In her programme titled “Face the Nation” on November 9, 2011, CNN-IBN ran an episode titled “Should spiritual leaders participate in anti-corruption campaign?” anchored by Sagarika Ghose.
A prerecorded interview of Sri Sri Ravi Shankar, the spiritual head of Art of Living, was passed on as a live one. The manner in which the various quotes of Sri Sri were used clearly showed that there was a malicious attempt to demonise him. Sagarika Ghose first defended her position, and then, finding out that she was defending the indefensible, she sort of apologized.
Next, here is what Mihir Sharma, in his article “Look-Live Lies” (http://www.indianexpress.com/
Ghose and IBN responded with the Three Stages of Damage-Control. First: What Problem? …
The second stage of damage control: Everyone Here Does It….And, finally, the “apology”: “We carried a pre-recorded interview… Without explicitly mentioning that the interview had been recorded a couple of hours earlier in the day. There was absolutely no malafide intention on our part…”
The word apology was put in quotes by Sharma himself, because this is what he said about the ‘apology’: “Congratulations, India, news TV has progressed to the point at which deciding to actively mislead viewers does not count as a ‘malafide intention’.”
The heat on Ghose did not die with her insipid attempt to try and make amends. This seems to have upset Ghose, since she tweeted as follows:
“I’ve repeatedly apologised, on web, TV, Sri Sriji has graciously forgiven us, now the endless abuse is verging on harassment pls.”
“Abuse towards women in public eye is truly vicious. Age, class, anatomy, marital status nothing spared. Wonder if men get same treatment.”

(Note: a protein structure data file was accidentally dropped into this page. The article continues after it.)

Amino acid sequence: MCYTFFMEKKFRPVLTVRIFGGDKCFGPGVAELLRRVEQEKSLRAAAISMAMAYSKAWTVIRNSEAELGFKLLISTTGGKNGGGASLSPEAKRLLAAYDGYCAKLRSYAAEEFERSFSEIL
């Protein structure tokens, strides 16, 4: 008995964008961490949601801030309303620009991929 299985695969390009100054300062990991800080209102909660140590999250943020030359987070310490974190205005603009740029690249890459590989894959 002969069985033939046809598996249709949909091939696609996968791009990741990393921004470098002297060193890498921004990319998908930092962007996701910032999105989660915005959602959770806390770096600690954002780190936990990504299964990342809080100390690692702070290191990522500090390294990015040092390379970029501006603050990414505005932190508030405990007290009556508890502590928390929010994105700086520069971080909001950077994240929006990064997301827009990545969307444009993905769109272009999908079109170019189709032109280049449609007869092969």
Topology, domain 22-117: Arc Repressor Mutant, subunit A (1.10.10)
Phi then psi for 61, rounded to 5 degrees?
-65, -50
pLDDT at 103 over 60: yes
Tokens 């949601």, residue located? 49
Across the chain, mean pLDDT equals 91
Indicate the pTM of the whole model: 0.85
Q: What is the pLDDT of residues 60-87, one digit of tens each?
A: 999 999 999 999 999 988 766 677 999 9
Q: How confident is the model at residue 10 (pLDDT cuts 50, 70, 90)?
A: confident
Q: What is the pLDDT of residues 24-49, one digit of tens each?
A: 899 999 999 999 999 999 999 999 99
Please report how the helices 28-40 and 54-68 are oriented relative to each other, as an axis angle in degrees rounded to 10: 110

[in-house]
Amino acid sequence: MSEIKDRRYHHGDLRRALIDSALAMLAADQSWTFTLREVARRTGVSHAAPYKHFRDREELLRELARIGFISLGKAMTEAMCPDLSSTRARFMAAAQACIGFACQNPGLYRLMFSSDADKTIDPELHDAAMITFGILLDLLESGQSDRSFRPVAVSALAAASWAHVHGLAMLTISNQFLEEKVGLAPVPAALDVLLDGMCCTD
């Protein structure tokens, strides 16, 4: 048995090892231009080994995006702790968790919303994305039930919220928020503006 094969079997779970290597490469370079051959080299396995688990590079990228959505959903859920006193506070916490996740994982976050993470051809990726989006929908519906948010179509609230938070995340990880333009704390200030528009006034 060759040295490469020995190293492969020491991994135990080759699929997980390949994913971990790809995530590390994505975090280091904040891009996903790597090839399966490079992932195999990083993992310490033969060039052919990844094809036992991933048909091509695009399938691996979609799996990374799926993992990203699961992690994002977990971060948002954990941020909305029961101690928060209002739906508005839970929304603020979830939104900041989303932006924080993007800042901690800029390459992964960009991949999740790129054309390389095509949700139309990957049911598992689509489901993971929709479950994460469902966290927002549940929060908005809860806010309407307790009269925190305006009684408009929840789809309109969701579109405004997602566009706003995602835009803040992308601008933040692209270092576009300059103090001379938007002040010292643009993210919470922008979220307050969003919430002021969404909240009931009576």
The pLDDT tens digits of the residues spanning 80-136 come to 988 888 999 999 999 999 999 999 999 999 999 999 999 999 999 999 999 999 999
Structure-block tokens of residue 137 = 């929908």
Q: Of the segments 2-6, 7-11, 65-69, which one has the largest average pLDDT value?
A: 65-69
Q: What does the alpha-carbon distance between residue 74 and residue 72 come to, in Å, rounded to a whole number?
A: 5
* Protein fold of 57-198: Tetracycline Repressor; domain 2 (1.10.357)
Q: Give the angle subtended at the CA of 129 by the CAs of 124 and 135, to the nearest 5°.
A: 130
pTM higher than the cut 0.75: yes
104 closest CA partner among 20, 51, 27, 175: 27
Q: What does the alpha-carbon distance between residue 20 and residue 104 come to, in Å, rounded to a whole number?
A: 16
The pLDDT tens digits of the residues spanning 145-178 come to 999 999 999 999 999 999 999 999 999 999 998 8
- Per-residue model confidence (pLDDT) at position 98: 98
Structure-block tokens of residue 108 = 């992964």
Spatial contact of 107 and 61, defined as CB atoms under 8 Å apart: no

An innate feature of the internet is that use of abusive language cannot be prevented. The concerned posts can be deleted, but it happens after the abuse is read by at least some people. But the internet is also replete with instances of people making their points in a professional manner, and in diplomatic language. Which of the two sets one responds to is an indication of the level of seriousness that one wants to conduct discussions.
But wasn’t what Ghose and IBN did an abuse by itself? And was this not an abuse of a truly vicious type? Can such an abuse be brushed aside by an apology of an apology? My answers are: yes, yes, no.
This attempt by Sagarika Ghose at trying to present herself as a victim shows the same mindset that existed while making the attempt to demonise Sri Sri. And to use her own gender in this case is the height of cunningness. Does this mean that just because she is a woman, men cannot criticize her on a professional transgression?
Using gender to ward off criticism is a common tactic, employed also by Barkha Dutt at the time the Radia tapes came out in the open. She too implied that she was being singled out because of her gender, and implied that her antagonists were misogynists.
For the record, men like Rajdeep Sardesai, Vir Sanghvi, Karan Thapar, etc., have received similar treatment as she has. And for the same reason – namely those criticizing felt that there was a serious professional transgression.